What are a tenant’s rights if all landlord/tenant laws were breached by landlord from day one of move in?

Proper inspections were never performed on rental house as required by law. to rent it out. Was never listed with city as a rental. Landlord had prior knowledge of, but never revealed prior to move in, that roof was leaking, major sewer problems, improper heating/cooling system, plus termites and a bug infestation. House has become uninhabitable due to his refusal to fix any issues, even after code enforcement was called to make him comply. Was the lease legal if not properly obtained? Major health issues imminent and personal items damaged due to his neglect. I have no financial means to move. Can he evict when home is uninhabitable?

Asked on July 2, 2012 under Real Estate Law, Texas


B.H.F., Member, Texas State Bar / FreeAdvice Contributing Attorney

Answered 8 years ago | Contributor

You have a couple of different options.  The first is to give the landlord written notice of the issues that make the residence uninhabitable, give him a reasonable time to repair (usually around seven days), and then give a notice titled second notice--- if he does not fix the issues after the second notice and a reasonable time to repair then you can terminate the lease an move out.  You can also sue him in small claims for rent from the date that you moved in and any damages that you have incurred.  A third option is the "repair and deduct" option of repairing the conditions yourself and then deducting the expenses from your rent payment.  If you are short on funds and/or don't have a way to move out, then your options tend to be somewhat limited-- because filing a case in small claims will usually require the payment of at least court costs up front (even though you can seek recoupment from the landlord later).  Some courts will waive the court costs if you can show the judge that you are indigent-this is rare, but not unheard of.  If you can't do any of these methods, then you do have some other administrative options.  First--- nag the city health/code inspector.  Second-- files compaints with agencies that help consumers.  The Attorney General has an online complaint process.  Do the same with a local BBB.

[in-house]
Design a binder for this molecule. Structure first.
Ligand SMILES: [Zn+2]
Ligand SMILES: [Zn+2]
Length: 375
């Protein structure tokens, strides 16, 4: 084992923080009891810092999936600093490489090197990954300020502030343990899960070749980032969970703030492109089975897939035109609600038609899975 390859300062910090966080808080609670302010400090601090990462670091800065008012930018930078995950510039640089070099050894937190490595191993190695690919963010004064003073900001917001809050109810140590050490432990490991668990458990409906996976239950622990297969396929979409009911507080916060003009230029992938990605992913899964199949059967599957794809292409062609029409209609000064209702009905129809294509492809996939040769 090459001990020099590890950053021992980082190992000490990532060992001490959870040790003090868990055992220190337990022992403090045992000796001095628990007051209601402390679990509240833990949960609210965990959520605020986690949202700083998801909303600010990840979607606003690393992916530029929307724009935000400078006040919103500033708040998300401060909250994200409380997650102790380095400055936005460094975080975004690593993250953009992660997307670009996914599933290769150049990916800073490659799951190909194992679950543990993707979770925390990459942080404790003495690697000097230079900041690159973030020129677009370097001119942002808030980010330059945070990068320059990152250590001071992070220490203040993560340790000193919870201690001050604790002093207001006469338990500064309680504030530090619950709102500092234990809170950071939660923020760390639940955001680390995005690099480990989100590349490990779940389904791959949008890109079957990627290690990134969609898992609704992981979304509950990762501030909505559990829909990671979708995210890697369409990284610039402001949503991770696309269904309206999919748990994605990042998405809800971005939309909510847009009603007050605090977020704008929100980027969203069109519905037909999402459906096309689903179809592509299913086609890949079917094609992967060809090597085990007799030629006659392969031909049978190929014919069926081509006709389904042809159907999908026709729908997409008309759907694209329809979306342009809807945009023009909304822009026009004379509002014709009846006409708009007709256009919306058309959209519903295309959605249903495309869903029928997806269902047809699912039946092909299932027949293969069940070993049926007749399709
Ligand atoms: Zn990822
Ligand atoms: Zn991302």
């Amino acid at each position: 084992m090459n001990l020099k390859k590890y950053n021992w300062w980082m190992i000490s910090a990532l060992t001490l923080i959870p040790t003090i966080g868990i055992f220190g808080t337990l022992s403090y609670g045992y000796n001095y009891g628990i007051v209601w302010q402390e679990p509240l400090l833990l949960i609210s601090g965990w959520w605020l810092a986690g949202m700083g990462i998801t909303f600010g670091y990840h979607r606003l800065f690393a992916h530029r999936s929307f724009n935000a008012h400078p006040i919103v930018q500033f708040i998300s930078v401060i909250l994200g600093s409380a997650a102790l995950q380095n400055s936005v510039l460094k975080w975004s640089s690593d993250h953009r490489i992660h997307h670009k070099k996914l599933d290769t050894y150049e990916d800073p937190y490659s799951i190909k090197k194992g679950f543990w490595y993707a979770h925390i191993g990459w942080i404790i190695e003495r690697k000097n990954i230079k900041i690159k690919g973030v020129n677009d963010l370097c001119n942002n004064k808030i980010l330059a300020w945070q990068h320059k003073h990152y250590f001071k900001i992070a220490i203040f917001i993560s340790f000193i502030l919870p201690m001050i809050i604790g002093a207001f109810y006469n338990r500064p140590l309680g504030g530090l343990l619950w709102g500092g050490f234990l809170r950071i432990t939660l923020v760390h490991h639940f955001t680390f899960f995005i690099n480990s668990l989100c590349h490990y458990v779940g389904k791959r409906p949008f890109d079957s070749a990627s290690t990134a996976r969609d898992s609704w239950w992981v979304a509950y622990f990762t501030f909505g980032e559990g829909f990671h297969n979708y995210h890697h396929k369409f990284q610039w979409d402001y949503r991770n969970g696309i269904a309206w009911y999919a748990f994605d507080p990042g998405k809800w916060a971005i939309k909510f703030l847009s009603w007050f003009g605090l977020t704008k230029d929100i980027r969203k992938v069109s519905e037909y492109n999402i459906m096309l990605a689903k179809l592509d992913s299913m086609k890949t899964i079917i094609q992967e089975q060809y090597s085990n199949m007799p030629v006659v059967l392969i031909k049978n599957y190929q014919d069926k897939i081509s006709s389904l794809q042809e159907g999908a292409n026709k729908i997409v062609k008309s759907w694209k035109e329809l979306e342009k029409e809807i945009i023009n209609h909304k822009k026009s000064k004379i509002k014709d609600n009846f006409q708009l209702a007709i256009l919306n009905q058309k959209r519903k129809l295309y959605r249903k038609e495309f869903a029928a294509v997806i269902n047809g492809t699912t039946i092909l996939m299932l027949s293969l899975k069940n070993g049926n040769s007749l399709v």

You mention in your question about how the lease was entered.  What is really going to affect your remedies is the condition of the property, not the how the lease was entered.  If it's an invalid lease, your remedy is to break it and move on-- which seems to be an issue financially.  Regardless of how the lease was developed, you have a right as  tenant to live in a habital residence.  Your rights will be upheld as long as you are current on your rent.  If you fall behind on your rent, then he can evict you for non-payment.  You can potentially fight an eviction if you have copies of your notices to the landlord requesting repair of the property as described above and you were using the repair and deduct method.   

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